My Rating: DNF ⭐️
Plot: Mikkel and Szandor kill monsters. They’re not government funded, they’re not from a time-honored lineage of hunters, nor are they rich kids with lots of toys. They’re two twenty-something brothers from the poor side of town who have taken it on themselves to rid the streets and underground of creatures who would prey on the innocent. Donning gas masks and using makeshift weaponry, they delve into the labyrinthine sewer system of New Avalon to grapple with snarling zombies, flesh-eating ghouls, insectoid hive creatures, and more. It’s a dirty job and it rarely pays, but someone has to do it. Hired by a woman from the rich side of town who believes she’s being stalked by monsters, the two brothers think they’ve finally gotten an easy job that will pay well. But as they follow the clues, things are not adding up. Kidnappings, jackbooted commandos, and mysterious emails are just the beginning. Soon they find themselves involved in something bigger than monsters. It’s anybody’s guess whether they’ll come through it alive, much less get paid. I Kill Monsters is an exciting punk rock urban fantasy for those who enjoy their protagonists with a mouth on them and a weapon in their hands.
My Review: It is VERY rare that I give a book a one star rating, and even rarer that I abandon it when I’m 75% through it. Infact this is my first to do both. There are so many reasons why I hated this book. Where do I start? The obvious – mistakes. There are hundreds of mistakes throughout the book. From spelling mistakes to missing words that interrupt the sentence pulling you out of the story and reminding you that you’re reading a book that apparently never crossed an editors desk. If the author did use an editor, I’d fire them. Occasional mistakes are fine, but as many as this one has, it just feels insulting. So this is huge for me because I never was able to really get into the story. I was constantly ripped out of it trying to figure out what word really needed to go there to make that sentence work. But there was more than just mistakes that I didn’t like.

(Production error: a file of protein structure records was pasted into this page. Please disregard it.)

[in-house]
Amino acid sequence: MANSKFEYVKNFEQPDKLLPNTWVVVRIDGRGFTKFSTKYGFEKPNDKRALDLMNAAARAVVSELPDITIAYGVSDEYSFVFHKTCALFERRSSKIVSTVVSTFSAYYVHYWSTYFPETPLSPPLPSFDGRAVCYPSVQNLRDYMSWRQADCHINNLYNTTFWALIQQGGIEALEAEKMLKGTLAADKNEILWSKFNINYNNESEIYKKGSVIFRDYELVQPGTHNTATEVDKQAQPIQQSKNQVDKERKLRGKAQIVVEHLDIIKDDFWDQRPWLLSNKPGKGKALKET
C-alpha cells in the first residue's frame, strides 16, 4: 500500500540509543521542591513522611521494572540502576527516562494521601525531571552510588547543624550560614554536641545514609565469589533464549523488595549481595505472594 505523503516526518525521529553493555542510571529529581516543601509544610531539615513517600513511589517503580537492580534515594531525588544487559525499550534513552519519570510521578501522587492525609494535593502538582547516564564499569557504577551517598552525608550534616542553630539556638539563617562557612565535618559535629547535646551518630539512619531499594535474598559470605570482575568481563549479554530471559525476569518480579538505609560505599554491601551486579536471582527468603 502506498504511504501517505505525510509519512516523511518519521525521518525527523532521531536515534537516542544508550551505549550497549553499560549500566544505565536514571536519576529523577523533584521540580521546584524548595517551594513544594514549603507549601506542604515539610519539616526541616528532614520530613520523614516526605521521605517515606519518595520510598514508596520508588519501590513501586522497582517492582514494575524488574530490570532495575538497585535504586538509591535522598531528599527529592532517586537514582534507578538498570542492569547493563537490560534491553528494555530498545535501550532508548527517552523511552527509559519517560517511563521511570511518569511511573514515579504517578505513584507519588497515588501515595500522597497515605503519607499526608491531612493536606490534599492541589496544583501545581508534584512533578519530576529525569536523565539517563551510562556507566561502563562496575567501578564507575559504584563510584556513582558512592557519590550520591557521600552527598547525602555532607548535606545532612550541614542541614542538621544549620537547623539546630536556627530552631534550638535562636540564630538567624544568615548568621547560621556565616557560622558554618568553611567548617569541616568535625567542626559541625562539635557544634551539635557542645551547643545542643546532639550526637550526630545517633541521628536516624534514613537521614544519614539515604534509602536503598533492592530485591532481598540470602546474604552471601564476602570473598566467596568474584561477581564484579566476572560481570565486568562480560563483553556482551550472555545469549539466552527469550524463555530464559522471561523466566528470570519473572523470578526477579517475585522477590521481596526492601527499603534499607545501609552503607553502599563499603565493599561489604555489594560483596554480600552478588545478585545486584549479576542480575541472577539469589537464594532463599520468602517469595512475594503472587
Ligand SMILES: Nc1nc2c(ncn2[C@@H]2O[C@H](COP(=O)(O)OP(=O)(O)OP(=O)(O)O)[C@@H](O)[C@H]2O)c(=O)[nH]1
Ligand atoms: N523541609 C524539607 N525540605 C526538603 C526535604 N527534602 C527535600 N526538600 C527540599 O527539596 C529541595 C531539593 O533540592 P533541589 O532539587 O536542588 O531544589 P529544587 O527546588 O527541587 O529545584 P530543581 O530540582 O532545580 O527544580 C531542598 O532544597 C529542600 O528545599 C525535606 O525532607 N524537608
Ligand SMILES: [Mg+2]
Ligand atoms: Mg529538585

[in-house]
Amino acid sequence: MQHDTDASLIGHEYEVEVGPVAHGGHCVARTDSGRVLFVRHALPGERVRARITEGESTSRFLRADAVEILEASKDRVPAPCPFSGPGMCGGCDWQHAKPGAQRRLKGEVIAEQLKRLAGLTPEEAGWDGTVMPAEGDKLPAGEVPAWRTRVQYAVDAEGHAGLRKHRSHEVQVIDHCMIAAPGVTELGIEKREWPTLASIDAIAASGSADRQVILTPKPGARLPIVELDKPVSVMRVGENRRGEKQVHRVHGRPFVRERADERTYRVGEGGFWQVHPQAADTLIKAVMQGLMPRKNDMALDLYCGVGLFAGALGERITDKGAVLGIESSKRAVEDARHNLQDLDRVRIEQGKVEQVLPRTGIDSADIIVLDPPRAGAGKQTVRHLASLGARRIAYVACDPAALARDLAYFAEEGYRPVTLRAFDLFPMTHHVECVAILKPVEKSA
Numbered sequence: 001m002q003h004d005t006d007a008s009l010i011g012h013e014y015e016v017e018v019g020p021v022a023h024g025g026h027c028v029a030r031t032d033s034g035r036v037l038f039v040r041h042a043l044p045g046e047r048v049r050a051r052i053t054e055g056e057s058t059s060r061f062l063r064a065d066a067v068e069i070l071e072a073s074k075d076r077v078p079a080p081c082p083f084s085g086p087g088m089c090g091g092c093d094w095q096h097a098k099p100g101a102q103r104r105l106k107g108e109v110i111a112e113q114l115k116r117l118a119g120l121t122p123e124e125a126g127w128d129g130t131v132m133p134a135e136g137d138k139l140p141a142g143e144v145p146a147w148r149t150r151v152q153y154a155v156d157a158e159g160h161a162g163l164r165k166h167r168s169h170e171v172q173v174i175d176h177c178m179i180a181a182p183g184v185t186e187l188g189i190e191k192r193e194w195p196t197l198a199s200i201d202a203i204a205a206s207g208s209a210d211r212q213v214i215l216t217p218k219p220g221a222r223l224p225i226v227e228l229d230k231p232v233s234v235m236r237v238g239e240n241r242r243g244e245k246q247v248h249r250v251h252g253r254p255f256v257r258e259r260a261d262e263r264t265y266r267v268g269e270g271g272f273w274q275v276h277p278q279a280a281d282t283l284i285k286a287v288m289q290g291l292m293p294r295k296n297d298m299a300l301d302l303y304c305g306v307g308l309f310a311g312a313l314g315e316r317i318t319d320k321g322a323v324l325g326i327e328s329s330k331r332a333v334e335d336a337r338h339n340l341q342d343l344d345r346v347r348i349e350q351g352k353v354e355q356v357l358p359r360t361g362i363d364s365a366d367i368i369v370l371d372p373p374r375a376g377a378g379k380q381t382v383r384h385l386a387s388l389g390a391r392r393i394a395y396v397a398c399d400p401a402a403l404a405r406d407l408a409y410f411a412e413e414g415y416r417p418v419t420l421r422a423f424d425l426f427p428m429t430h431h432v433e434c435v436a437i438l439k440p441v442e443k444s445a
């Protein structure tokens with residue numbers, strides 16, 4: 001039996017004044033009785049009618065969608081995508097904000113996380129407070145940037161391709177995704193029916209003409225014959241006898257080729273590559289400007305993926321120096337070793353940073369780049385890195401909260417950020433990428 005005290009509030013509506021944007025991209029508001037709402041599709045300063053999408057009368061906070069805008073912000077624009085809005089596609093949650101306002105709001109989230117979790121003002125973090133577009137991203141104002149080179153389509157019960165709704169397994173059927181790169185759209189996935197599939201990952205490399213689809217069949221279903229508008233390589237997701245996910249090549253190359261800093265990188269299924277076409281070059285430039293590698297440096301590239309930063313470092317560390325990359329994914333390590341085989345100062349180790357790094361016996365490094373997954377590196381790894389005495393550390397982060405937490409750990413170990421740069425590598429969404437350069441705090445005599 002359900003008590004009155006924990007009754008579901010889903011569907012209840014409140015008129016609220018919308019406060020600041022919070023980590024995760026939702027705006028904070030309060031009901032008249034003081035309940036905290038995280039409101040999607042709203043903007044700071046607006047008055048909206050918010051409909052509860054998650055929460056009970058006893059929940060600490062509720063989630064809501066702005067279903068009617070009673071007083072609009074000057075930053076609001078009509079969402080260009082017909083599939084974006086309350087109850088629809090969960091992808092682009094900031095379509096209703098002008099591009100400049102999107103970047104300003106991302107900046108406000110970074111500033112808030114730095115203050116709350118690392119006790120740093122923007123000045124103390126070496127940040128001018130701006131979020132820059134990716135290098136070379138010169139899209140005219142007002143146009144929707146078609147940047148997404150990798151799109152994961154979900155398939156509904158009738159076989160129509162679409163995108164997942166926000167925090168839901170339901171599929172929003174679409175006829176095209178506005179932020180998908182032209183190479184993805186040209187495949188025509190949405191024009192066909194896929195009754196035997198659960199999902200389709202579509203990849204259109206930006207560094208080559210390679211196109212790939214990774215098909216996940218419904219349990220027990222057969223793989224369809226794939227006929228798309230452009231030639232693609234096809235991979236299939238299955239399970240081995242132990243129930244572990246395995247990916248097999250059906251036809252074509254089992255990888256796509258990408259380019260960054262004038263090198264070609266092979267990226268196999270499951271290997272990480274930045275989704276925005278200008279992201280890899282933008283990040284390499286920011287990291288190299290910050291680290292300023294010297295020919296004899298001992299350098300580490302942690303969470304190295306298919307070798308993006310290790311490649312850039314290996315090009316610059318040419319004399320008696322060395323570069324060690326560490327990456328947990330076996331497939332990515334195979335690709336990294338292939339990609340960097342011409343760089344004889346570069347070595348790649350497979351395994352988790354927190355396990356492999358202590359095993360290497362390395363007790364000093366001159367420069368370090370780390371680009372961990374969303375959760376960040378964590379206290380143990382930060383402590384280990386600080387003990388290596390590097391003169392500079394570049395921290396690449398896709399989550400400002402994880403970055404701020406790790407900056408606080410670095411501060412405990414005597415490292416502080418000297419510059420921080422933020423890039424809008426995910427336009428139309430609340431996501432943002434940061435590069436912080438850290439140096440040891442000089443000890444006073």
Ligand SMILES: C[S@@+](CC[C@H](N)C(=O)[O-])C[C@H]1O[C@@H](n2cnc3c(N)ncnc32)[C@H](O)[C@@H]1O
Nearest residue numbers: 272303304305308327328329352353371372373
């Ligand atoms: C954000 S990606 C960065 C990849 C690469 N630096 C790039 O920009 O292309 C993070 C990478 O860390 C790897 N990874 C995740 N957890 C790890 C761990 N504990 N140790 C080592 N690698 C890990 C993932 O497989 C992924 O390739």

I hate when I read a paragraph and the author uses the same word three or four times to describe something. That happened repeatedly in this book. Break out the dictionary and find new words, or better yet, change the paragraph up so you don’t use a single word more than once, twice at most.
The characters felt under developed, I really didn’t relate to any of them. The brothers relationship definitely felt lacking from where it could have gone. They just didn’t seem to care much about each other, sure they said they did, but the author never showed me that they cared, okay so maybe in the end of the book he might have – I don’t know I didn’t finish. But if I don’t see a developing bond between any characters early on in the book I just don’t really care.
The dialog sometimes felt so… forced, unnatural, I often couldn’t picture someone saying certain things in my head. Also so many of the scenes seemed rushed. The action scenes are not rushed, they are well developed, it’s the stuff in between the action that felt like the writer was in a hurry to get to another action scene so he races through some of them. This is also one reason I felt the characters were under developed. These in between scenes are often how you pull the readers in.
I love it when a book gets me so involved I don’t even realize I’m reading. It’s literally like I’m watching a movie in my head. I Kill Monsters was more like watching a movie on TV with commercials. The action scenes grabbed me and I lost myself, then I hit a mistake, or a drag scene and it was like watching a commercial. I admit I channel surfed, getting board I picked up a another book and started it. I read three other books during my reading of this one. I kept going back hoping it would get better. Never did. I finally gave up.
Okay so now that I have spilled what I didn’t like, let me say this, the book wasn’t all bad. There were some things I did like. The monsters were well described and interesting, I could picture them and they were creepy. The action scenes were pretty well done, I was happy with those, they lasted a good span, never feeling rushed or dragging.
I do think Dennis Liggio has potential, but he really needs to work with an editor. An editor will help develop his characters better, get rid of all those mistakes and help improve dialog. I think if those things were addressed I might actually like this book, the story line is interesting and imaginative.
This book has some cussing and violence. I’d grade it PG-13.